Smith said the firm was working specifically to provide “audit-proof” advice.

“We try to think of everything through the lens of a listener,” he said.

Horne charges a 2-5% fee, depending on the scope of service, or an hourly fee of $ 220 on average.

The Capitol Group offers a similar range of services and charges up to 7% depending on the scope, said Representative Haley Martin. It also gives the option of an hourly rate “comparable to what other companies have presented”.

Andrew Smith, of Greenville-based Local Government Solutions and Strategies, said his group was a “full-service” consultant who managed everything for a fee of 2%. This would include leading community meetings in the county’s five districts and forming the plan based on a mix of what supervisors and the public wanted to see.

Andrew Smith said his company works with federal funds in eight states, ranging from housing and urban development to block grants for community development.

Developing a plan
After the presentations, District 5 Supervisor Leroy Brooks urged his colleagues to develop an ARPA spending plan that would guide both the bidding for consulting firms and the scope of work that a company would be supposed to perform.

“I don’t want a consultant telling us what to do,” Brooks said. “I want us to tell them what we want to do, and they tell us how we can do it.”

Fisher said the county would not be eligible for the lost tax revenue from COVID, so it would have to prioritize projects in the other three categories – premium, COVID relief, and water / sewer / broadband.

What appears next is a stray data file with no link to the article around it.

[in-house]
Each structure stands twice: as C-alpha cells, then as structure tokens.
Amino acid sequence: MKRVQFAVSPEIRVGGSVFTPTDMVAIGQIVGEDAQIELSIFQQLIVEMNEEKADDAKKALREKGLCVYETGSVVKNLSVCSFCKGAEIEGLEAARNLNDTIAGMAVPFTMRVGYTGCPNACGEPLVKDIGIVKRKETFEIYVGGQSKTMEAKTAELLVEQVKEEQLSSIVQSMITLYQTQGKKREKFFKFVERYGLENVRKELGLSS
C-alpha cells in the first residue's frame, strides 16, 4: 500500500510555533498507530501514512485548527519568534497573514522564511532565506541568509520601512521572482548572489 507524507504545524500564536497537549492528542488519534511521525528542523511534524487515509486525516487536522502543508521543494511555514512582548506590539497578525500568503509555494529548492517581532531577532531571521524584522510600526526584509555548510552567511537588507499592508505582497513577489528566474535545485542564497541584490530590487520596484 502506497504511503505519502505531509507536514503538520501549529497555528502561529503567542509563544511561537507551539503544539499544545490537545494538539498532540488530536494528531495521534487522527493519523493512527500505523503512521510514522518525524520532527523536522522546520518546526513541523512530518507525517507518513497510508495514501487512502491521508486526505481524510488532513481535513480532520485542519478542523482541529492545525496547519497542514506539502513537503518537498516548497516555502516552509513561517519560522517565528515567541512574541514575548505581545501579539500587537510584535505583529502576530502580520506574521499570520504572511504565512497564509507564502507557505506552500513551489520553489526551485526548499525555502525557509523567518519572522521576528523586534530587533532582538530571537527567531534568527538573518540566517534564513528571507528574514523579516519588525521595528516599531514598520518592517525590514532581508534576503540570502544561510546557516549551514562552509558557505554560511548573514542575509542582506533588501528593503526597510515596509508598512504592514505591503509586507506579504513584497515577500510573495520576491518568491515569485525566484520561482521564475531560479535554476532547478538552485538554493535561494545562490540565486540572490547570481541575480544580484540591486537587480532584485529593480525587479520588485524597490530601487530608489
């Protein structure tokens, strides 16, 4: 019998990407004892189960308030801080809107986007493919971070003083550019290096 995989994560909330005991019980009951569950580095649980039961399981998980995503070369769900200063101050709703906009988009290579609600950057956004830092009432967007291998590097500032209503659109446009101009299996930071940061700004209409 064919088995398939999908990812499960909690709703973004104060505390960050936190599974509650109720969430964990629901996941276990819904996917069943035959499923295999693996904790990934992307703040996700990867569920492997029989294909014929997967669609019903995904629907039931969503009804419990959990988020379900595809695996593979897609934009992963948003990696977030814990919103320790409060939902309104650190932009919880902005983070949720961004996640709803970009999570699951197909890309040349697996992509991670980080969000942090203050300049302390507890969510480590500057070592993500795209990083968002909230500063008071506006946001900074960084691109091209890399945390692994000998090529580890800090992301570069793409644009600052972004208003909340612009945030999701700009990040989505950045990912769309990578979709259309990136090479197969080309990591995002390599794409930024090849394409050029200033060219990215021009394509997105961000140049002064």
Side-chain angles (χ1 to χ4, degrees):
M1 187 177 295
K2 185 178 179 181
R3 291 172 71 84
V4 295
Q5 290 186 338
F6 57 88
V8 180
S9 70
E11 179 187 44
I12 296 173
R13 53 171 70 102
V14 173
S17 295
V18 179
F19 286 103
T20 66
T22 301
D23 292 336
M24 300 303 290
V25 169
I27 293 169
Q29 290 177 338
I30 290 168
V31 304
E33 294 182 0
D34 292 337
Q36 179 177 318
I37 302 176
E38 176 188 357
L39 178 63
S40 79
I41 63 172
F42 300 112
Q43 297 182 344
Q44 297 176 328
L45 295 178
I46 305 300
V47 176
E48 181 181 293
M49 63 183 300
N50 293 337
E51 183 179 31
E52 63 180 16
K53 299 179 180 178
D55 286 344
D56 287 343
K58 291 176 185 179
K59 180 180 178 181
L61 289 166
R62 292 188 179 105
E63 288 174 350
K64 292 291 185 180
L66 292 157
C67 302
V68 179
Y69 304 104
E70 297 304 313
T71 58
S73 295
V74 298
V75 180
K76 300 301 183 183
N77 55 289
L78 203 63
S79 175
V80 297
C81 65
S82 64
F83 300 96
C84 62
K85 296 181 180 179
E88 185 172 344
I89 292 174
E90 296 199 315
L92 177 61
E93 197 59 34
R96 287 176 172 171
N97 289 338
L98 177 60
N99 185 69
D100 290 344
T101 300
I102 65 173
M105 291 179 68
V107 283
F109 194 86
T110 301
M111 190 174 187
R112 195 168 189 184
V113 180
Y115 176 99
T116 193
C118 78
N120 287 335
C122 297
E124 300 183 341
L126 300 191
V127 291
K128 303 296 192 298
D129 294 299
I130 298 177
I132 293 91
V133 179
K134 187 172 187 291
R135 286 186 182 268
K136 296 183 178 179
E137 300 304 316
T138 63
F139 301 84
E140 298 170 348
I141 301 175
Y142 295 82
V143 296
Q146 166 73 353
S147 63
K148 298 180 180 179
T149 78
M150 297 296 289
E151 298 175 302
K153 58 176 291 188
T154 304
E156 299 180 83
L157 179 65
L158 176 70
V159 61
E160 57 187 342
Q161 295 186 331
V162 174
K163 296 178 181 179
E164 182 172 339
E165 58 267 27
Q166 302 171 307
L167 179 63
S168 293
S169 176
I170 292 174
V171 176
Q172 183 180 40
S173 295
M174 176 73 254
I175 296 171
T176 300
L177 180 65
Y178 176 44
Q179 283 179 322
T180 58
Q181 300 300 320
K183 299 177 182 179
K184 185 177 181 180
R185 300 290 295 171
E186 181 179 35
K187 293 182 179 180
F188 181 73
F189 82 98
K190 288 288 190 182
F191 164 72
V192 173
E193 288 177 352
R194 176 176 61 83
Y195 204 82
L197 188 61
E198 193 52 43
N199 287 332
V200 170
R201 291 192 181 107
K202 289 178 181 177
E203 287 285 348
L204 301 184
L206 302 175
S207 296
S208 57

Sanders asked Fisher if the county could use ARPA funds to reimburse its coffers for additional paid sick leave granted to employees for COVID-related reasons. Fisher said it was questionable.

I haven’t seen anything in the tips that indicates it’s possible, ”said Fisher.

Supervisors agreed to each submit a priority list for ARPA spending to Fisher in time for him to compile and present those priorities on October 15. Brooks also suggested that the county consider hiring a specific administrator to work directly with the consultant and oversee ARPA so that Fisher and the county’s chief financial officer, Lloyd Price, are not “overburdened.”

Hairston, after the meeting, said he would be open to this, especially when considering possibilities such as setting up subsidy programs for the county’s rural water services.

“I would definitely watch it for sure,” Hairston said. “It might not be a bad idea.”

EMCC Board of Directors finalists; citizen honored for his rescue
Supervisors selected three finalists from 10 finalists for county vacancies on the East Mississippi Community College board of trustees.

Paccar CEO Andrew Appel, cardiac surgeon Richard Eubanks Jr. and Columbus Mayor Keith Gaskin will all be invited to appear before supervisors on October 15. Two will be selected to the EMCC Board of Directors.

These appointees will replace Joe Max Higgins and Greg Stewart, who both resigned with unfinished terms. EMCC has campuses in Scooba and Mayhew, as well as the Communiversity Vocational Training Center on Highway 82 in County Lowndes and the Lion Hills Center in Columbus.

The counties of Lowndes, Oktibbeha, Clay, Noxubee, Kemper and Lauderdale each appoint two directors to the board.

In other cases, supervisors have honored Chad Surinis with a resolution for the rescue of a woman in Steens recently after she crashed her car into a pond.

Zack Plair is the editor of The Dispatch.